The New York-based firm, whose brand roster includes United Nude, Ash and Luxury Rebel, along with licensing agreements with Miss Sixty and Tracy Reese, formally debuted in June with a launch party at its 7,600-sq.-ft. Chelsea showroom and is making a concentrated push to attract department stores and better independents with its mix of bridge women’s footwear.
“June was our coming out party,” said Highline United President Matt Joyce, who has held top sales and merchandising roles at Nordstrom, Via Spiga, Kenneth Cole, Nine West and Steve Madden. “We wanted to make sure we brought in the product correctly, are taking care of our customers and have [footwear] that is viable for the future.”
The company, named after New York’s newest city park, an elevated and out-of-service railway called the High Line, began showing capsule collections at last summer’s FFANY and WSA shows and has spent the last year building a mix of brands targeted at retailers looking for bridge-priced footwear that has been designed and sourced globally.
“We have people in Italy, France, China, the U.K. and Russia,” Joyce said. “It’s a global mentality [and] it gives us the opportunity to get a broader view rather than just see what’s happening in [one place].”
Early goals for the company, said VP of sales Scott Kaminsky, include building each of the brands and positioning the firm to become a long-term and dominant player in the industry.
“Business is changing and the format today is different than it was two years ago, from the flow of product to what consumers are drawn to,” Kaminsky said, noting the company began showing shoes in the months after the economy began to crumble. “We adapt by continually bringing new product and being flexible with our customer.”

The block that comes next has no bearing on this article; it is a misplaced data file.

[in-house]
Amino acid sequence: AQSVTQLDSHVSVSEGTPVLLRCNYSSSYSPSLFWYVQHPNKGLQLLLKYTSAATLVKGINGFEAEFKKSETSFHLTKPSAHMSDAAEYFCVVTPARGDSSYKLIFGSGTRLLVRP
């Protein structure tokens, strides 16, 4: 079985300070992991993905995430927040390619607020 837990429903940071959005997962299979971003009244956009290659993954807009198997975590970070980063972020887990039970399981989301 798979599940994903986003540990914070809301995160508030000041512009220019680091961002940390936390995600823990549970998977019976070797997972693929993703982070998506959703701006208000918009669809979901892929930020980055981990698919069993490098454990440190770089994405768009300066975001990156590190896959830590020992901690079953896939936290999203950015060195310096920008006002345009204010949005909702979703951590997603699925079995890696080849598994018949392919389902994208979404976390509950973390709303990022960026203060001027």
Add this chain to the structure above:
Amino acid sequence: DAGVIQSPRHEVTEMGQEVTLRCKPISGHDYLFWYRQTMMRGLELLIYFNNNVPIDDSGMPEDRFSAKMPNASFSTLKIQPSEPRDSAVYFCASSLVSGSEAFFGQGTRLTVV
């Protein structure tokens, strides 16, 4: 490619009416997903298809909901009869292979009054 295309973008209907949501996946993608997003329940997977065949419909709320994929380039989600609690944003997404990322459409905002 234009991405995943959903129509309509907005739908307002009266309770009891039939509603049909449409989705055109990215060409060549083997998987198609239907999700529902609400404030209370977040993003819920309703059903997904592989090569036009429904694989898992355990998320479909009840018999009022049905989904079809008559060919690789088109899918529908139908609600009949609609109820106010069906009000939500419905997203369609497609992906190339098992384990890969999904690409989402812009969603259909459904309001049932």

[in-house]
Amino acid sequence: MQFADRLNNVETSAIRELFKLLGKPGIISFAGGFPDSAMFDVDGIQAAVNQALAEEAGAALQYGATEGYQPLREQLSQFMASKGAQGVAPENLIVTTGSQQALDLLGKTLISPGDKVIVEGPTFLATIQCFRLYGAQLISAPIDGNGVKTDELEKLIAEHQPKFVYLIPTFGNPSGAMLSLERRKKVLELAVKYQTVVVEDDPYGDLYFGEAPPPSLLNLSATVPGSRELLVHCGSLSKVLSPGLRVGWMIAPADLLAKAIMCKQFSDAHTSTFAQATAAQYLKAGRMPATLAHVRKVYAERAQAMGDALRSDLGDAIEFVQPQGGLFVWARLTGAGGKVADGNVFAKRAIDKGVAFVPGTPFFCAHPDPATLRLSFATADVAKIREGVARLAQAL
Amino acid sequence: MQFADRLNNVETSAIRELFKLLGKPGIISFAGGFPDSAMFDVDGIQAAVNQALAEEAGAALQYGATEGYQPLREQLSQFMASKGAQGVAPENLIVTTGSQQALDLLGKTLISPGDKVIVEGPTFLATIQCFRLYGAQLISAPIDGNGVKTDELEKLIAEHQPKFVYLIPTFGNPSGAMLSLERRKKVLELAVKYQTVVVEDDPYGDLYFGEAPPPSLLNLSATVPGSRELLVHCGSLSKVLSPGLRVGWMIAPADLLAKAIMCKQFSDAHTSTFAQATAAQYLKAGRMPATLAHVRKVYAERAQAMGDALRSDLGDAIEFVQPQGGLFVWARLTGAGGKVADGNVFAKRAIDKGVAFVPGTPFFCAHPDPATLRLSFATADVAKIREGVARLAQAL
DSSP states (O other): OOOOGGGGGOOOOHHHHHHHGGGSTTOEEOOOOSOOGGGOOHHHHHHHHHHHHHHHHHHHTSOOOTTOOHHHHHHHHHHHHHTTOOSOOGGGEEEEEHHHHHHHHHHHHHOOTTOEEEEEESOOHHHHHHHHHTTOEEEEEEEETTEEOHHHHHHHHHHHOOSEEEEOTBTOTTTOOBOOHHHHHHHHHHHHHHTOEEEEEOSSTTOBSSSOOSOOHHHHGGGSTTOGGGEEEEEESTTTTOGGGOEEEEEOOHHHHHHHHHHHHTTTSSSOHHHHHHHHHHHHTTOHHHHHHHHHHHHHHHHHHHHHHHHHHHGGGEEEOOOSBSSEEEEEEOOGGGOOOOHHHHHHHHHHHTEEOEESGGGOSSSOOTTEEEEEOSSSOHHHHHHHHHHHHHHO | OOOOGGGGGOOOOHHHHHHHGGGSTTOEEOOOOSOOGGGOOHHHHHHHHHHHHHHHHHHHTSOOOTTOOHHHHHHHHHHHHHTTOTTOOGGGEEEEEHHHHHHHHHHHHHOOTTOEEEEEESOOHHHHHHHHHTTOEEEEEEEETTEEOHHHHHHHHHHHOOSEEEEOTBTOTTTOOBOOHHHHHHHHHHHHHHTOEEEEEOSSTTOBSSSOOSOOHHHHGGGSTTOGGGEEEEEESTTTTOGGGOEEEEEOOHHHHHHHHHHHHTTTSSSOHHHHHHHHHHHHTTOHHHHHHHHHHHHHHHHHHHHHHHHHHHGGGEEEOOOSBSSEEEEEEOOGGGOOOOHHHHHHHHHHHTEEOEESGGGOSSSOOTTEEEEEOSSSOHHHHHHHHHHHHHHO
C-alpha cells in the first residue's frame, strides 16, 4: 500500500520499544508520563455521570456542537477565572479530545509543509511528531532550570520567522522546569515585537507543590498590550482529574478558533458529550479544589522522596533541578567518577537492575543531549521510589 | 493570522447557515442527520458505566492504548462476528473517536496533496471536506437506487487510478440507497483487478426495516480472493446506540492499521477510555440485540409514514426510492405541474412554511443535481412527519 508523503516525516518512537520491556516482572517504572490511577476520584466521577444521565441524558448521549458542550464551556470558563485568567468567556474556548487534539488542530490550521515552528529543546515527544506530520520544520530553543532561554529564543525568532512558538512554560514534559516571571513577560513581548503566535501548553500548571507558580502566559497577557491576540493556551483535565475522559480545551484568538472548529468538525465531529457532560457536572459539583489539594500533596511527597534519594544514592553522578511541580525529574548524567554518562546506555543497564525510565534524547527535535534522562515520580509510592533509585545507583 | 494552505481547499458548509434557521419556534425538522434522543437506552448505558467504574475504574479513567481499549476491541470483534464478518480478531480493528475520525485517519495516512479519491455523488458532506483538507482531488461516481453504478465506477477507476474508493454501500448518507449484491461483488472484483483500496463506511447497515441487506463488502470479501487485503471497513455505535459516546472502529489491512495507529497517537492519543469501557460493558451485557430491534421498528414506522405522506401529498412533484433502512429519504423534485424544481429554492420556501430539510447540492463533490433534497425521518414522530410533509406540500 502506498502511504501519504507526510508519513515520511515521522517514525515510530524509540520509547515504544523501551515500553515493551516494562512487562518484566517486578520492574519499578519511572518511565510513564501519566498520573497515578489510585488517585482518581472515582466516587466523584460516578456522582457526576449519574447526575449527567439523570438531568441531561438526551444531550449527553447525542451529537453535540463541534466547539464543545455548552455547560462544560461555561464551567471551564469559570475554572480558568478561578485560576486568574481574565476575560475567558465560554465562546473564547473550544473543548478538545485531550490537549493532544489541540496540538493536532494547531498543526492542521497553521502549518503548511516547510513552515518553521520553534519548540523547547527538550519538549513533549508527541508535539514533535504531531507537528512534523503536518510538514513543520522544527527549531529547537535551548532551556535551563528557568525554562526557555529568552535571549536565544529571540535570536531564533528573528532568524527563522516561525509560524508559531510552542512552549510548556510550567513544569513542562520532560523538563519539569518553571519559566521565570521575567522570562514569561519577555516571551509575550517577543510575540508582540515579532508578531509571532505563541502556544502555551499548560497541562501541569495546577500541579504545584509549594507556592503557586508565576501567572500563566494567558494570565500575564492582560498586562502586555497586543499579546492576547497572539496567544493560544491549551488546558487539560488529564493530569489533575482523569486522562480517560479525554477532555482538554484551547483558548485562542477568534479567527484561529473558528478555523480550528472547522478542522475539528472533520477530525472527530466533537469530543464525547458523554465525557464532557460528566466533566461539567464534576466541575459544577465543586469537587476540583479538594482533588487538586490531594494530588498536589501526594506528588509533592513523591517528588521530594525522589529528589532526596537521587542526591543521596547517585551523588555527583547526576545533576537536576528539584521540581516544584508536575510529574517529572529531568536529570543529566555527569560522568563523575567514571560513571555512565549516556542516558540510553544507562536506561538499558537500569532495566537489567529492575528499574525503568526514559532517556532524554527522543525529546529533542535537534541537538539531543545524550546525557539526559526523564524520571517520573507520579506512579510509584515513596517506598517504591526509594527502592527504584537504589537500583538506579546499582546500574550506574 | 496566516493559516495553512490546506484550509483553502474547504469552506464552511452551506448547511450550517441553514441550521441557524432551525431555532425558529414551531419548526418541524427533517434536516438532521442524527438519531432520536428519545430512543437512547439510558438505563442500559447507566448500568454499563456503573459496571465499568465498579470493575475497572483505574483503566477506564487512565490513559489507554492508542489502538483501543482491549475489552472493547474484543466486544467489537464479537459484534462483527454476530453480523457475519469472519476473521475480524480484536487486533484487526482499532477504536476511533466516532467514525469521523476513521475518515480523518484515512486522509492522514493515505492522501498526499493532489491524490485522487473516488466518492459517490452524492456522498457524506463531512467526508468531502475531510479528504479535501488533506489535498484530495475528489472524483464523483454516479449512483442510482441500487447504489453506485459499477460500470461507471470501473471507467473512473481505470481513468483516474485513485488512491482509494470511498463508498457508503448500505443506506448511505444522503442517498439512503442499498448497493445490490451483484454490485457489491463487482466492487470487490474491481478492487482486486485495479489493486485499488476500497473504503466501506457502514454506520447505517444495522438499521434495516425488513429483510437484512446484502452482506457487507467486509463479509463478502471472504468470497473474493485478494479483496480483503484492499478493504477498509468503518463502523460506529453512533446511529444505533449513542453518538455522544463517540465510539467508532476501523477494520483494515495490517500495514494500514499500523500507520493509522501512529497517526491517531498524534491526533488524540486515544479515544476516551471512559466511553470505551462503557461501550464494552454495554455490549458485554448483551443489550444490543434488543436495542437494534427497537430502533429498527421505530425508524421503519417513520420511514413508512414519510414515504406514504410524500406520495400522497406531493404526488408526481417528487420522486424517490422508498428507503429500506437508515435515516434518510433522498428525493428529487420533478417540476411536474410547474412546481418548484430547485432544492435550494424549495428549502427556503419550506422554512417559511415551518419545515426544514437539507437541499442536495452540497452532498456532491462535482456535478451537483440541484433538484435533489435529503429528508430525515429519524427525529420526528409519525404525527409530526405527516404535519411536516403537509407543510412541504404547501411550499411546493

Footwear for all brands, which will retail from $129 to $550, is produced in China but designed across the world, Joyce said.
New York ready-to-wear designer Tracy Reese teamed up with Highline to produce a capsule collection for spring ’09 and signed a license agreement with the company for fall ’09.
“Highline has tremendous manufacturing and sourcing strengths,” said Om Batheja, Reese’s VP and business partner. “They are willing to invest in processes and materials to achieve results, [and] we are able to source more extensively than we could on our own. [The] partnership has expanded our capabilities considerably.”
While Joyce said he is happy with Highline’s footwear mix, he is also looking for opportunities to grow the portfolio.
“There is no pressure for us to go out and do something crazy just to drive volume,” he said, “but there’s always going to be plans for doing something else.”